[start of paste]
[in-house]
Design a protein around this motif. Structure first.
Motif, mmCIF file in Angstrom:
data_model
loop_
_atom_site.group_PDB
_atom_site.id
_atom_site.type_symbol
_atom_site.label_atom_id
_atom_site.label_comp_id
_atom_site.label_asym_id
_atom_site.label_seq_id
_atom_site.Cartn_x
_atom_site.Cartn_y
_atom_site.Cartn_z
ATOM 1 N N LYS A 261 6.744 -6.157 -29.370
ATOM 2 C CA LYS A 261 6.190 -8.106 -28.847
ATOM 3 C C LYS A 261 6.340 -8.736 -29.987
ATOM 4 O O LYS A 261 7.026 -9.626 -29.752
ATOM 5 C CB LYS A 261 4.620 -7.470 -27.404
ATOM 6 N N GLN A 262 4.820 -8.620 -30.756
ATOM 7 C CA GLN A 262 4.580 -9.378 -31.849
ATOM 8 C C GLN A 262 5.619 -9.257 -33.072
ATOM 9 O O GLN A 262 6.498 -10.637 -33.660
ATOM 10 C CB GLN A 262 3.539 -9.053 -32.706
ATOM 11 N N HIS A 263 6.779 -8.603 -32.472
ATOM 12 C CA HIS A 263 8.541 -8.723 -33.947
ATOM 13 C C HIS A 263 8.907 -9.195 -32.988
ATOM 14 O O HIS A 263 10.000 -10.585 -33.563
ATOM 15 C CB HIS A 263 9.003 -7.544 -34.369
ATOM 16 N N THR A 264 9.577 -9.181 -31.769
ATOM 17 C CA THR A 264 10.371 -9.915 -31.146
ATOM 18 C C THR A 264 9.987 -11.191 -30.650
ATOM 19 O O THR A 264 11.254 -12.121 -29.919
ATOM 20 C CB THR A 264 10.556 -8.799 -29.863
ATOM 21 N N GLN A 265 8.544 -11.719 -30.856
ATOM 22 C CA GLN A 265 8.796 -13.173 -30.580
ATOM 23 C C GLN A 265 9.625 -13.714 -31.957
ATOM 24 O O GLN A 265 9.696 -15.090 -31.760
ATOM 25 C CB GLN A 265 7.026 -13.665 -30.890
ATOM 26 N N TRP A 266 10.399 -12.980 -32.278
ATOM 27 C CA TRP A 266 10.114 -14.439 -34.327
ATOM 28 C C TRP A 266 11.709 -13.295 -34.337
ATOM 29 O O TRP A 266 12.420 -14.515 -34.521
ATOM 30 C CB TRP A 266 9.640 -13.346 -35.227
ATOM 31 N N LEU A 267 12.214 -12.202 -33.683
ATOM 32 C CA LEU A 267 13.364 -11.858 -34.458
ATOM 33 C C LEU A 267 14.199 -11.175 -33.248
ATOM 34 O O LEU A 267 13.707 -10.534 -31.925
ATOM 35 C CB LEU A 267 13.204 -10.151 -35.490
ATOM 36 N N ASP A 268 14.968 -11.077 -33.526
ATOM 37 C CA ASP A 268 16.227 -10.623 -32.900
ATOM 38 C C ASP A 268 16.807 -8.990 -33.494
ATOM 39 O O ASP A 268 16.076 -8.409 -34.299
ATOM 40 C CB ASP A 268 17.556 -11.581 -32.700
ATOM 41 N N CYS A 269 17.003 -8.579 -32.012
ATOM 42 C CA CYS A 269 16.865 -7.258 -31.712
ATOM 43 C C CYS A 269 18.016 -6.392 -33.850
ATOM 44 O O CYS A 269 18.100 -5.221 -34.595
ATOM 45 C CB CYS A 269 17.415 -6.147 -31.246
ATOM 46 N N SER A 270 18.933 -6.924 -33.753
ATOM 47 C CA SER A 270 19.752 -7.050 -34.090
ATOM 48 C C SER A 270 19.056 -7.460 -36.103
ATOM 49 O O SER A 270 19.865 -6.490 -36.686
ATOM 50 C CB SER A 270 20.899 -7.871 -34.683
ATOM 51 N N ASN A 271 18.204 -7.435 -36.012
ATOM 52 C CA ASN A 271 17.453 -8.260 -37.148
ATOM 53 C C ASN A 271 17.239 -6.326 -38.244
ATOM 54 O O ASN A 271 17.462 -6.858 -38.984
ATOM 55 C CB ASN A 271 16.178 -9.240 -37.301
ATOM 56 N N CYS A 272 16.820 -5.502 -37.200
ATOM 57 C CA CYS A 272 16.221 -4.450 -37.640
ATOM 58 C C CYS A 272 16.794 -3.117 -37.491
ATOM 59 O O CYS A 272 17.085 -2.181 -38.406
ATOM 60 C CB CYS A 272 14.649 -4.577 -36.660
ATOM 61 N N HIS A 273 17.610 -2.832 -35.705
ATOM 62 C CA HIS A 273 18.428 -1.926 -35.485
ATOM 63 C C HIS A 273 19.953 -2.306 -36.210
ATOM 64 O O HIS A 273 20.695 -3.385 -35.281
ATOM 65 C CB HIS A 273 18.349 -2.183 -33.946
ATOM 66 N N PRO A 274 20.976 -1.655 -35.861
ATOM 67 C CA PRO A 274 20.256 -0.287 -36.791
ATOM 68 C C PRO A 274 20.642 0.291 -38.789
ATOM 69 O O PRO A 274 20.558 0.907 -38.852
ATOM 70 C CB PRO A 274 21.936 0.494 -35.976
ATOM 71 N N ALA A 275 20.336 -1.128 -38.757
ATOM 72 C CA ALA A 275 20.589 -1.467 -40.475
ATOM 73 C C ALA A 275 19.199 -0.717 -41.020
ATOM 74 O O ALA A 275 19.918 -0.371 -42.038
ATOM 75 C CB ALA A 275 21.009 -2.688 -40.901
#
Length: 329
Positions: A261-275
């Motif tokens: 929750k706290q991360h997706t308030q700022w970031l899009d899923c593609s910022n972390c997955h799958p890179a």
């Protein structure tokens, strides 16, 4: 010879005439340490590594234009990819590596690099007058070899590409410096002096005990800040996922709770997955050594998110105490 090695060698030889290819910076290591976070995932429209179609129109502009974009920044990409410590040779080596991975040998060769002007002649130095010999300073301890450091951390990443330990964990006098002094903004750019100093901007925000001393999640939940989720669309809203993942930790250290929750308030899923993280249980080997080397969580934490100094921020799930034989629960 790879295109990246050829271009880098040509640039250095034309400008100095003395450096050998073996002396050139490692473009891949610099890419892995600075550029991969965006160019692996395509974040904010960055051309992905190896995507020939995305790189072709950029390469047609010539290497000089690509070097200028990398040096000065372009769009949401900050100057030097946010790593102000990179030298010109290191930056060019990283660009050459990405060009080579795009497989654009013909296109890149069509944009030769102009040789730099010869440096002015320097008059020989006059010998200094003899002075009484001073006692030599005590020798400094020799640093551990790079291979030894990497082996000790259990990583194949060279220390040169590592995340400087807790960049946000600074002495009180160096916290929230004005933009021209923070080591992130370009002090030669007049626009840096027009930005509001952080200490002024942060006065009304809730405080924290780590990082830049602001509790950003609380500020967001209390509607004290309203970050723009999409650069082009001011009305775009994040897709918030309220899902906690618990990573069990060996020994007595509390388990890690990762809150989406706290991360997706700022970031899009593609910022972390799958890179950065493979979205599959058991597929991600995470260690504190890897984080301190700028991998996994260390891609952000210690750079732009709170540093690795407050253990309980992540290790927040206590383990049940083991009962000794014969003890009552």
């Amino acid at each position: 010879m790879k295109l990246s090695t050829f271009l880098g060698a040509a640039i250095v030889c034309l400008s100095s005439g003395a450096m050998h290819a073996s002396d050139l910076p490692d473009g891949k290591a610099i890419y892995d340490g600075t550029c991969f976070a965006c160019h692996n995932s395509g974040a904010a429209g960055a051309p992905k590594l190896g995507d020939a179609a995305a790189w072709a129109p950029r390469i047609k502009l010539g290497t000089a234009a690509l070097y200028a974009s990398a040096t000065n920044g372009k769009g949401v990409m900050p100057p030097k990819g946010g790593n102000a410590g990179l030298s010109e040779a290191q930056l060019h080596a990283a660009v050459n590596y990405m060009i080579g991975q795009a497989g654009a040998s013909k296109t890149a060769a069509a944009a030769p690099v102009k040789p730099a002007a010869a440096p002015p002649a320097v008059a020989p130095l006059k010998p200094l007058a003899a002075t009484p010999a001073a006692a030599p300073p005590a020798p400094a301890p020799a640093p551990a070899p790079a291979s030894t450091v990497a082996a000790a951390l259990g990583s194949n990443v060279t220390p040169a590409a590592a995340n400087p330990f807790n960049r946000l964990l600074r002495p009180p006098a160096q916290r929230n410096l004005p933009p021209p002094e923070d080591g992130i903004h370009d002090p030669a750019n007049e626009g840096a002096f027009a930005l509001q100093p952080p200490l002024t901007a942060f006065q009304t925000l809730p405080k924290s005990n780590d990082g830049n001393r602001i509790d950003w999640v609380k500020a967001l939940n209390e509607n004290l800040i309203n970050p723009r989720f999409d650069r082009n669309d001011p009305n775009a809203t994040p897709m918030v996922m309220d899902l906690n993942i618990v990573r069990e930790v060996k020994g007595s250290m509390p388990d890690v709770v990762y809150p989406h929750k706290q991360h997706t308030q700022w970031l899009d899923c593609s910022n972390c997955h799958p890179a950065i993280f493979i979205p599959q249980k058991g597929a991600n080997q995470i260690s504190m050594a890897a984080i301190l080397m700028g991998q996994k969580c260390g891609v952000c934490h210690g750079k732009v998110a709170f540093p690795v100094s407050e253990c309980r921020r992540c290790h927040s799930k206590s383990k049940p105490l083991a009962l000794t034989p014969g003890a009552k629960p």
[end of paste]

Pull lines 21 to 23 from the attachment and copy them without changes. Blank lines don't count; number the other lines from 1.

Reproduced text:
ATOM 6 N N GLN A 262 4.820 -8.620 -30.756
ATOM 7 C CA GLN A 262 4.580 -9.378 -31.849
ATOM 8 C C GLN A 262 5.619 -9.257 -33.072